My current film, Battle for Jerusalem, started out as just that: a film.
It has since evolved, to my surprise, into a multimedia experience, with a website and a location-based mobile app. Oh, and a film!
But veering from conventional wisdom, the film will be the last piece to launch. So how did I decide on this topsy-turvy approach?
1. The Story
Originally, I thought Battle for Jerusalem would follow a group of artists and activists working to keep the city democratic in the face of growing religious fundamentalism. But, as with most documentaries, real life happened, and the story changed. As I began to delve into the happenings on the ground, I became intrigued with one character in particular, Rachel Azaria, a city councilwoman. Her story resonated with me the most and also showed the most potential for a traditional narrative: She’s fighting gender segregation policies, while her ultra-Orthodox opponents are trying to destroy her credibility and her career as she runs for re-election.
Even after discovering Azaria, I was reluctant to let go of the young Jerusalemites I’d already interviewed. They told fascinating stories that deepened my understanding of their city. But they simply had no place in a 90-minute story arc. What to do?
By embracing a transmedia approach and producing a series of short films for the web, I realized that I was giving viewers a new way to explore the story. (And it would also mean that I wouldn’t have to leave my beloved characters on the cutting room floor.)
2. The Storytelling Method
I was only able to begin to untangle Jerusalem’s complexities and land on a focus for the film by immersing myself in the city and speaking to many different people. It’s impossible to tell the story of a city as multifaceted as Jerusalem with just a film, but while a film can dive into one area or character and uniquely tug on emotional heartstrings, other media expressions allow an audience member to explore online as they might explore a city offline. I realized I could convey that experience with a virtual tour.
I’m now creating an online experience, where users can remix an interactive collage of Jerusalem’s diverse neighborhoods, people and interests to discover short films profiling dynamic political, social and cultural leaders who align with the user‚Äôs selections. The same short films can be viewed via the mobile app as “micro-stories” mapped to locations in the city.
Each of the elements informs the overall story, but each has its own function for the audience: The film tells the story by connecting to one pivotal character, the website allows visitors to discover the context and underlying issues, and the app is a tool for exploring the city of Jerusalem actually or virtually.
The shift to a new protagonist, the city councilwoman, meant a shift in production. Azaria’s re-election campaign isn’t until fall 2013, so I have a year and a half before principal photography begins. But, I already have profiles of many colorful Jerusalem characters based on my original concept that I can use right now for the site and app.
I am still figuring out the most sensible release schedule for each piece and platform, but my overall attitude is, Why wait? It’s liberating to free the video and other storytelling elements from the confines of the feature film.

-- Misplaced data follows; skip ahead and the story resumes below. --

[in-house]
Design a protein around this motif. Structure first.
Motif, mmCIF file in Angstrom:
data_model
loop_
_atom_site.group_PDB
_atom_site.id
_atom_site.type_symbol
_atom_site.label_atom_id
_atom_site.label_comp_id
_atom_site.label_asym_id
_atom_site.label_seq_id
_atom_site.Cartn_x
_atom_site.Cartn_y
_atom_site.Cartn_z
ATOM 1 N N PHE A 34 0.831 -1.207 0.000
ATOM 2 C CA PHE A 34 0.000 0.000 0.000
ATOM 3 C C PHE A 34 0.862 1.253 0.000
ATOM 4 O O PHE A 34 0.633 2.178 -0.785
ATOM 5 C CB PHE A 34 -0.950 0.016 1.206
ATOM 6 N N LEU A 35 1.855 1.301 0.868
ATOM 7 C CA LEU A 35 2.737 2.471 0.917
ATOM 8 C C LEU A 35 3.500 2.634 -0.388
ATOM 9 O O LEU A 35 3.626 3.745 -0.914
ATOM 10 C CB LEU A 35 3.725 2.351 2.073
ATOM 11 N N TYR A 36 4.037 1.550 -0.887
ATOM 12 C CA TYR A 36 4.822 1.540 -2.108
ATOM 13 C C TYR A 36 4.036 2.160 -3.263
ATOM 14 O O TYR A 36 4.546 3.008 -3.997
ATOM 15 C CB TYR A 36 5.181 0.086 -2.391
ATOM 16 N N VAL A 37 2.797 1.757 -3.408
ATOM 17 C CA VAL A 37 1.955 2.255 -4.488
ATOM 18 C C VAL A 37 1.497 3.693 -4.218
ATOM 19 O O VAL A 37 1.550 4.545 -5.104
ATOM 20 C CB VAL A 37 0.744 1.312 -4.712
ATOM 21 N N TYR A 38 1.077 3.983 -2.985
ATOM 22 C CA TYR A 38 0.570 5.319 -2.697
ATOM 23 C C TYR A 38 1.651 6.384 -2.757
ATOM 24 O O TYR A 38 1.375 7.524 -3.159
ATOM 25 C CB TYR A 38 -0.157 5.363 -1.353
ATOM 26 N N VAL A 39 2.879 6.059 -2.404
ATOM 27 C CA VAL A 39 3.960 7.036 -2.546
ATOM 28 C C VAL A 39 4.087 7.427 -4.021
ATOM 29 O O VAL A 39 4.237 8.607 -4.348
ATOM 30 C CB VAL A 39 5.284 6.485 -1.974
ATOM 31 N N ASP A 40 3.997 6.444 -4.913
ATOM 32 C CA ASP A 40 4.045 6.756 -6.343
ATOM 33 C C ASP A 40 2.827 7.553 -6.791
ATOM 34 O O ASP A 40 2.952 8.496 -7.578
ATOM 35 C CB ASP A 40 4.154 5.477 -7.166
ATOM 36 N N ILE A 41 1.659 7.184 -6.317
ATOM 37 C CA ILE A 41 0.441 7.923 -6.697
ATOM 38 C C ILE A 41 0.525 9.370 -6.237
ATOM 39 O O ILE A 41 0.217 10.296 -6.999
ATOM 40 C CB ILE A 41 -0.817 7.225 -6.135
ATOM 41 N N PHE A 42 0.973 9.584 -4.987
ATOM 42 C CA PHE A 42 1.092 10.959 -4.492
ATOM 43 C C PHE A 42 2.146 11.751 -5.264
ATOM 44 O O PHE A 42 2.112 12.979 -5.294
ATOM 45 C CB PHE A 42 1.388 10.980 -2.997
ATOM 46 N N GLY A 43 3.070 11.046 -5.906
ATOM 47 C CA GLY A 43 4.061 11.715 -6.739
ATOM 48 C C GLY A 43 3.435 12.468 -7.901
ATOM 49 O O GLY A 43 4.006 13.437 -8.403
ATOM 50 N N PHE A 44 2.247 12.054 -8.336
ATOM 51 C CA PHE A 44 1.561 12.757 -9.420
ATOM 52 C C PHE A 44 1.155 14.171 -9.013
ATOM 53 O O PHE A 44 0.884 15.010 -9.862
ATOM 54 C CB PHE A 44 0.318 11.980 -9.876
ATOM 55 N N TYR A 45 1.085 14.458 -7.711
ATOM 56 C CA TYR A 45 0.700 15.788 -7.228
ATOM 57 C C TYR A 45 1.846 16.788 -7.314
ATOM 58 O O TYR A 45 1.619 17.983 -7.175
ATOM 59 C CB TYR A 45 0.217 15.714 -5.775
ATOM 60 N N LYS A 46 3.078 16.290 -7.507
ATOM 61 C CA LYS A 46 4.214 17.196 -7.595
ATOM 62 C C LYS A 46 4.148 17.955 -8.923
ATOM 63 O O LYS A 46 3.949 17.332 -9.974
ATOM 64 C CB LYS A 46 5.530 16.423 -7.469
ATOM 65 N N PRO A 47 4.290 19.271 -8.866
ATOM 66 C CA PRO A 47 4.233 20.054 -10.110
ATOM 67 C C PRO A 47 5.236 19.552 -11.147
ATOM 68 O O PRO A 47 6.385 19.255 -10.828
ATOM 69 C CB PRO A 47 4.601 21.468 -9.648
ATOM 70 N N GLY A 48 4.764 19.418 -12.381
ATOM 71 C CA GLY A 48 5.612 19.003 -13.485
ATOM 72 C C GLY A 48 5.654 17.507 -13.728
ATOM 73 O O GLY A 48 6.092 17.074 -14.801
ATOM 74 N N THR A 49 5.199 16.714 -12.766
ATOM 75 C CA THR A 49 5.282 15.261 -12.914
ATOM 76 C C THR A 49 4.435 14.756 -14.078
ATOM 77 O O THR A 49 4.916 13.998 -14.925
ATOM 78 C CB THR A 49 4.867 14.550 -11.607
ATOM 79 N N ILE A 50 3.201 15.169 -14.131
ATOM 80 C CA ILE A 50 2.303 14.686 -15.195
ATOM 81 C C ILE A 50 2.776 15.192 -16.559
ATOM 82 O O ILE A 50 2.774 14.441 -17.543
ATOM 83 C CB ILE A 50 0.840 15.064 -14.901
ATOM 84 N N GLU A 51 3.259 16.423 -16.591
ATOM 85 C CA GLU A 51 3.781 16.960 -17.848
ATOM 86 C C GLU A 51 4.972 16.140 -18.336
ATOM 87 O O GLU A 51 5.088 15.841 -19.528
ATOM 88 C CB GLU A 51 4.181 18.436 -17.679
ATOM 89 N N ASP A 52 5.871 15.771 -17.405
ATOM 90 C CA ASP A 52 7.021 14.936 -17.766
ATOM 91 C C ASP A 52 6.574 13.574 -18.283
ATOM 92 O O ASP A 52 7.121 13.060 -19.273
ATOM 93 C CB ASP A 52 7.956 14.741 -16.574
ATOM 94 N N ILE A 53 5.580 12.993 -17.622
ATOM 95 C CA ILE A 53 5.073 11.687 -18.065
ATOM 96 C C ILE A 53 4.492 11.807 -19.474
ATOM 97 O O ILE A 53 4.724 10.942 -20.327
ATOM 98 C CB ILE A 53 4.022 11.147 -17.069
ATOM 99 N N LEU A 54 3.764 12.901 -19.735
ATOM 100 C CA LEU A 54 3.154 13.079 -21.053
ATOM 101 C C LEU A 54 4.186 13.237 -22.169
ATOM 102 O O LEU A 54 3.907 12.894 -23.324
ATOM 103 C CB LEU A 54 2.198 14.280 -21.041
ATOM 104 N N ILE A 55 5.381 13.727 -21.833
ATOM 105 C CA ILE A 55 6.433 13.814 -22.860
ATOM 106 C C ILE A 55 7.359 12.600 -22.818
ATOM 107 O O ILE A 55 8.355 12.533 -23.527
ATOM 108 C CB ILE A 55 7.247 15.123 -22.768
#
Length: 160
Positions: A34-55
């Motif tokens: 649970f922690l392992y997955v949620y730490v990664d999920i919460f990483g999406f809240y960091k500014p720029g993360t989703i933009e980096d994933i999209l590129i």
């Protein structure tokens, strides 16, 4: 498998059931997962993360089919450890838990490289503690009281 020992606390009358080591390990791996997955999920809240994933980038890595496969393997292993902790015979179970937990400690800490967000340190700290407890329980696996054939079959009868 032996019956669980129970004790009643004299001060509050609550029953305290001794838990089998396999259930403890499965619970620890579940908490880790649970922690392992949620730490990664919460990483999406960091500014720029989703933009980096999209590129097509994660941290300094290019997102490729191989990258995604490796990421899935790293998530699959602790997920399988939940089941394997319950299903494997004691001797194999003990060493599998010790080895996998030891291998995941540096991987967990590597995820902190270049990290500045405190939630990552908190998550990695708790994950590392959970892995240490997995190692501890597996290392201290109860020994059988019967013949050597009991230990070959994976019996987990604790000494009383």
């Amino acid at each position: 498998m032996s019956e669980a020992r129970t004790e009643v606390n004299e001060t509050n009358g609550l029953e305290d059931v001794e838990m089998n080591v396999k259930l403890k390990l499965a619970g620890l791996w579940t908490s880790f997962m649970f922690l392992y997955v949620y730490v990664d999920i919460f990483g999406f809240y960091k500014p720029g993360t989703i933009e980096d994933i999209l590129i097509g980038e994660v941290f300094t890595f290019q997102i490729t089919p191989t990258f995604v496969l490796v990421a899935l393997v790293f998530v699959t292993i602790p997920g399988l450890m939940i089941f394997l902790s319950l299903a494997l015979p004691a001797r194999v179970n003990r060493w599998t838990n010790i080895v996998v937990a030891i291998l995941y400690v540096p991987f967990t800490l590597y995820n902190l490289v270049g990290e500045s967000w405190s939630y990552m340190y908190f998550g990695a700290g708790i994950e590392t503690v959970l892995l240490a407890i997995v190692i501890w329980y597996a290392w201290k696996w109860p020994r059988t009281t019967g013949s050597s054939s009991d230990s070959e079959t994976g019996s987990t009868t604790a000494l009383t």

4. Audience Engagement
I’d already begun to build an audience for the project, through an IndieGoGo crowdfunding campaign, conversations over Twitter and Facebook, articles in traditional media such as The Jerusalem Post, and in-person speaking engagements. By creating multimedia elements, I am attempting to grow this core group and keep them engaged for the two or three years it will take to complete the film.
Each element can have a life of its own, but also help feed into the others, giving potential audience members many different pathways into the story.
If I had 10 bucks for every person or foundation that said to me, “We don’t fund films,” I’d have easily funded this film already. However, many of these same groups do have an interest in funding outreach or “new media” initiatives. I now have a new way of pitching my project to potential funders.
These factors are of concern to most filmmakers in one form or another, and I wonder whether more and more people might start taking a multimedia approach
to address them.
Since I decided go the web-first route, everything else has begun falling into place. I’ve created some pilot videos and have been invited to screen them and speak about the project at several events.
With this comes another realization: The “transmedia” experience isn’t just about technology. It includes live viewing experiences too. In my case, screenings of short films from the website can be organized topically around the interests of specific audiences.
The next step is to find design and technology partners to help flesh out my ideas, build the site and app, and make this vision a reality.
Liz Nord is a documentary filmmaker and multi-platform producer who has produced and shown work in Europe, the Middle East and throughout North America. Her first film, Jericho‚Äôs Echo: Punk Rock In The Holy Land, a critically acclaimed documentary about young Israeli musicians, screened at over 100 festivals and venues worldwide. In 2009, she shot a short documentary on-location in Haiti for musician Wyclef Jean’s NGO, Yele Haiti. In 2008, she ran MTV’s Emmy Award-winning election coverage.